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Caring for Patients with Cancer during the COVID-19 Pandemic

April 28, 2020
Published in: Cancer, COVID-19

Cancer Center staff checking in patients at their car

It's been said that cancer does not discriminate. It does not matter your age, gender or social status: anyone can become a cancer patient. COVID-19 does not discriminate either. But if the two would intersect—if a cancer patient would also contract COVID-19—the outcome could be very serious. Like patients with other chronic diseases such as diabetes and heart disease, those with cancer are at a higher risk for developing severe complications with COVID. Additionally, cancer patients on chemotherapy can be immunocompromised, which means their white blood cell counts are low or not well-functioning. This makes it difficult to fight an infection like COVID-19.

But cancer treatments can't pause for COVID-19.

"Throughout the COVID-19 response, we've seen an average of about 85 patients every day in the Cancer Center, and some days have been as high as 110 patients" says Mary-Kate DePriest, MSN RN OCN, Director of Clinical Operations for Augusta Health's Center for Cancer and Blood Disorders. "This includes patients coming for chemotherapy and radiation treatments, as well as those coming for non-chemo infusions such as iron, platelets or antibiotics and some coming for clinic visits with physicians."

"There are obviously concerns when treating cancer patients during a pandemic like we're experiencing," adds DePriest, "and the answer has been safety, safety, safety! That's diligent screening, proper and constant social distancing, appropriate masking and good handwashing. Preventing our patients from getting COVID is very important, so we've adapted our processes. We're reducing their exposure and treating them efficiently while continuing to be sure they are satisfied with our services and care."

The waiting room has been eliminated. Instead, patients drive up to the Center's entrance, where they are greeted curbside by key members of the staff. The patient—along with everyone in the car—is asked screening questions about respiratory symptoms, fever, travel and exposure to anyone suspected or confirmed to have COVID-19. The patient is then checked-in to the appointment curbside. If all is ready, another staff member comes out to escort the patient directly into his or her appointment. Inside, staff asks the patient additional, more in-depth screening questions and takes the patient's temperature before beginning treatment. Most patients are masked; all staff is masked during treatments.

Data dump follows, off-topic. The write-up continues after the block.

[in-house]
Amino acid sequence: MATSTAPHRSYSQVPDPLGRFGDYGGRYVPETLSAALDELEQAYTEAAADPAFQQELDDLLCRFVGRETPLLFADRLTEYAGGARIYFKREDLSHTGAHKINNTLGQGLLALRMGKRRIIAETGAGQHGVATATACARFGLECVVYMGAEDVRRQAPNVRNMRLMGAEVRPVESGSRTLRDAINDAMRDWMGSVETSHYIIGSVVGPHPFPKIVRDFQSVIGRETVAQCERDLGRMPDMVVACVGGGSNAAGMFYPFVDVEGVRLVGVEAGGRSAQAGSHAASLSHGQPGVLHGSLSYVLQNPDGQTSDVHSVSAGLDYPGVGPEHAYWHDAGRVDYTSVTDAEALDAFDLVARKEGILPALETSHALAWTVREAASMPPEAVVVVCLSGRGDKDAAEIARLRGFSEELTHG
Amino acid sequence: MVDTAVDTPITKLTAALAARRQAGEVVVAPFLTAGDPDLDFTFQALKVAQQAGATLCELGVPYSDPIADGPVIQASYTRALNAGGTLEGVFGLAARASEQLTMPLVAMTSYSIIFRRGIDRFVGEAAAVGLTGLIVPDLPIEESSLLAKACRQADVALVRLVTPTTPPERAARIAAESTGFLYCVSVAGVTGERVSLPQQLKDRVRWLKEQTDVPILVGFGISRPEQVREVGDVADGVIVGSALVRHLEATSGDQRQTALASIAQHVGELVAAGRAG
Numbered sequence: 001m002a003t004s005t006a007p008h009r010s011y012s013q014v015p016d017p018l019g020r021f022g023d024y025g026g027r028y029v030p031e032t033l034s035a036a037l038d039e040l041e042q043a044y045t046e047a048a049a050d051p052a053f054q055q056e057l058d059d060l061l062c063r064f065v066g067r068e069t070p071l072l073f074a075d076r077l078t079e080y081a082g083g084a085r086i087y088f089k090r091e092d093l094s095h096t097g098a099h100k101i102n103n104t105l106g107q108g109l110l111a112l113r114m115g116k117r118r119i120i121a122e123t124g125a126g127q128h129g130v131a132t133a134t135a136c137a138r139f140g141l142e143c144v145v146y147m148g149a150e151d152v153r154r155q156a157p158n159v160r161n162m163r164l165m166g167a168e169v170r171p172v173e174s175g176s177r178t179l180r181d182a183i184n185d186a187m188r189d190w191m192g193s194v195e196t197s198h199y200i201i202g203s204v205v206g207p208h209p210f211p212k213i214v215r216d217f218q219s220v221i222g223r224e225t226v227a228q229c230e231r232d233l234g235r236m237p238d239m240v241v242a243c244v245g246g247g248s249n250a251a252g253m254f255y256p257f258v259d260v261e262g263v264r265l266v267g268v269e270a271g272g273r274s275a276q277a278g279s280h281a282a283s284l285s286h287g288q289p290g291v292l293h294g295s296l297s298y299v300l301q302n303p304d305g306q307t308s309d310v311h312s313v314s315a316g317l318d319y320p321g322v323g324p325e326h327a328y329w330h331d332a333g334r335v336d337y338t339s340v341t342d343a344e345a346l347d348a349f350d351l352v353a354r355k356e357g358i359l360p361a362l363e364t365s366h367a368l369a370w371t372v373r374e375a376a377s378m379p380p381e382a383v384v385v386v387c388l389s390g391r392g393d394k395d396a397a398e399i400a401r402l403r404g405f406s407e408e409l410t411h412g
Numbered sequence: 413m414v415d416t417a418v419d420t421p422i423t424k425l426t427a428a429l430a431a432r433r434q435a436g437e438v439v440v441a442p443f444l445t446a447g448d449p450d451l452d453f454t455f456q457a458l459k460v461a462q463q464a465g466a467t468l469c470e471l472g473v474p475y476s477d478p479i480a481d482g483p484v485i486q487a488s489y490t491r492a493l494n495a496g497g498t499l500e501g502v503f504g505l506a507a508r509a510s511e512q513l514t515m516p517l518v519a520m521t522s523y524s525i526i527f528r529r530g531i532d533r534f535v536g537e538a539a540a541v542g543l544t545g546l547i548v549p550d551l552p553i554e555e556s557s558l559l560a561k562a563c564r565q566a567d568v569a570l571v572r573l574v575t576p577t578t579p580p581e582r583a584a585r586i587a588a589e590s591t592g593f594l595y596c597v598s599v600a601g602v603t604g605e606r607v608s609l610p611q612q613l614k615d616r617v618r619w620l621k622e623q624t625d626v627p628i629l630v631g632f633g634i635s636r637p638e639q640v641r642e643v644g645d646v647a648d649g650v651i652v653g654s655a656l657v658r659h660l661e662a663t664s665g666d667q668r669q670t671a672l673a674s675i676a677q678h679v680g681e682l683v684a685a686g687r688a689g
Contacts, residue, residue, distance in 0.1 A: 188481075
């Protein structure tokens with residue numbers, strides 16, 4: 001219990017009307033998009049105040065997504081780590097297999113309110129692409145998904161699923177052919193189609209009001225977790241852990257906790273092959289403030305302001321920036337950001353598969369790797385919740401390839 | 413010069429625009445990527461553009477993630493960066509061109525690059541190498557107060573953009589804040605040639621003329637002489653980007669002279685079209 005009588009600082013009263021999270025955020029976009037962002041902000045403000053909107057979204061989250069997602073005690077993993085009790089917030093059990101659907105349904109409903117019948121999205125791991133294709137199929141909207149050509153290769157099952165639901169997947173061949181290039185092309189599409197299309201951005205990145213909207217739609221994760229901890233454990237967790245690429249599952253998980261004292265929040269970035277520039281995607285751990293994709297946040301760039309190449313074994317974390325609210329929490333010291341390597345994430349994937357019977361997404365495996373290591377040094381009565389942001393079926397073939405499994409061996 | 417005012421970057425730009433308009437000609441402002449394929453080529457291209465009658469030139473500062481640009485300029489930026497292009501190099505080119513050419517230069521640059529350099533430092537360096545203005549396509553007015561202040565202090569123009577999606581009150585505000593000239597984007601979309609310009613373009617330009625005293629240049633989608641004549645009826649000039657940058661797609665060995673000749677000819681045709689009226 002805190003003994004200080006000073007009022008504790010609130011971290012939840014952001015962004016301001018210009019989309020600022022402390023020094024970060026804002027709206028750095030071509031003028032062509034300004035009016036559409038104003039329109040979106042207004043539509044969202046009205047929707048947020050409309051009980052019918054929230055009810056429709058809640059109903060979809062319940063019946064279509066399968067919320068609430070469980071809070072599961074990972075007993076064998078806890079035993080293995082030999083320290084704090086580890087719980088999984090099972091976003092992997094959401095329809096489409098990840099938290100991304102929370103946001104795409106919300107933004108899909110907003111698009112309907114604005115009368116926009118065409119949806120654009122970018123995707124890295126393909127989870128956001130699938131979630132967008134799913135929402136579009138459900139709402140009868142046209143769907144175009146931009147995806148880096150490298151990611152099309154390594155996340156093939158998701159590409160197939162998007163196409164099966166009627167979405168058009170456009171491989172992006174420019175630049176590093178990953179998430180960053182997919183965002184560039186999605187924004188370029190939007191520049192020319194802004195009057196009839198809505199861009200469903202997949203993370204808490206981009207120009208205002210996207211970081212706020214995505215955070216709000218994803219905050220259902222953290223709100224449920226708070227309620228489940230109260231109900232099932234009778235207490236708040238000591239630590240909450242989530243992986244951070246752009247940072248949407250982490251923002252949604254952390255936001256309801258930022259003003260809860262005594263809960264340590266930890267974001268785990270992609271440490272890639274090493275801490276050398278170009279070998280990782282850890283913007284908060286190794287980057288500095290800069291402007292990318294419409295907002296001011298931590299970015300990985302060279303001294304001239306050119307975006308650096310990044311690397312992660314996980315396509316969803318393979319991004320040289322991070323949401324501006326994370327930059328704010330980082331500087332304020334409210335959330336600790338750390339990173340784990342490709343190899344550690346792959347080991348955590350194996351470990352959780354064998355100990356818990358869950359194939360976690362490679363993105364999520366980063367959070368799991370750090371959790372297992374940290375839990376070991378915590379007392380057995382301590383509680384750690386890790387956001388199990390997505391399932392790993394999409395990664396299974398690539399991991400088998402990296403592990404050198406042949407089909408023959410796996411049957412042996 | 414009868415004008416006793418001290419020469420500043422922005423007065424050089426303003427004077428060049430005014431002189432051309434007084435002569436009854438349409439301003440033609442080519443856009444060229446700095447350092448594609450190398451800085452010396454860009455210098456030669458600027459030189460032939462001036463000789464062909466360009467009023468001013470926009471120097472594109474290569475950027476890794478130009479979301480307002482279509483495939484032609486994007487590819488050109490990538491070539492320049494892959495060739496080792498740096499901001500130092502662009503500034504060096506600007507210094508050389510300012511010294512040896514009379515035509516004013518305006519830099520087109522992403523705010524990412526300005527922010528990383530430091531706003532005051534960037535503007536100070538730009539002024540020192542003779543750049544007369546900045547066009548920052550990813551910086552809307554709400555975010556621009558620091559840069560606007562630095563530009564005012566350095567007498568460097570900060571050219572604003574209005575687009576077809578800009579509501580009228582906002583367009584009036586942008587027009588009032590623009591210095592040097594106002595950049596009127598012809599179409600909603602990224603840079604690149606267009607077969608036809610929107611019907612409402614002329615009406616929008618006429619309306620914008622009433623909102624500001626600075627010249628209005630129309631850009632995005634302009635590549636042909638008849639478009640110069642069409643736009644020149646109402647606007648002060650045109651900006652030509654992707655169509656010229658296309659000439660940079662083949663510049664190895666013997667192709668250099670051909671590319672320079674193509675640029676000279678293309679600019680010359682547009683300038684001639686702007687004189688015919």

"We've had to make some additional changes to reduce exposure and maintain social distancing. For example, some of our treatment rooms have multiple chairs, and those chairs are too close together to use every chair. So we sometimes 'borrow' clinic space for infusion. We've also had to limit support persons to only one person for each patient, and only when that support person is required," explains DePriest. "People have been very understanding about all the changes. They respect and understand the situation. They recognize that the changes are for the health and safety of the patients and the staff."

The inside and outside staff use a secure Vocera system to communicate with each other and keep the schedule running smoothly. The changes have been very well-received by all.

"Patients have commented that they like this 'new service' very much," says DePriest. "It's been a very personal experience. They've realized everyone on the staff knows their name and who they are. They chat with the escort staff on the way to their appointment, and go right in to treatment without waiting. The staff is happier, too, because they believe we've got better control of the schedule and can more easily stay on time. The patient comes in when they are ready and we're ready to go. Wait times have actually been reduced with this new process."

Some of the changes—including the ability of the physicians to conduct some of the clinic visits via telehealth—are so well-received they may continue in the future.

"Our patients are very vulnerable to diseases like COVID-19 and they are also very valuable to us," says DePriest. "They need to continue their care during this time, so we need to continue to meet their needs and keep them safe from infection. To do that, our staff has been amazing and has adapted to so much so quickly, with a positive, professional attitude and good humor. They've focused on the safety of our patients, and it's worked very well."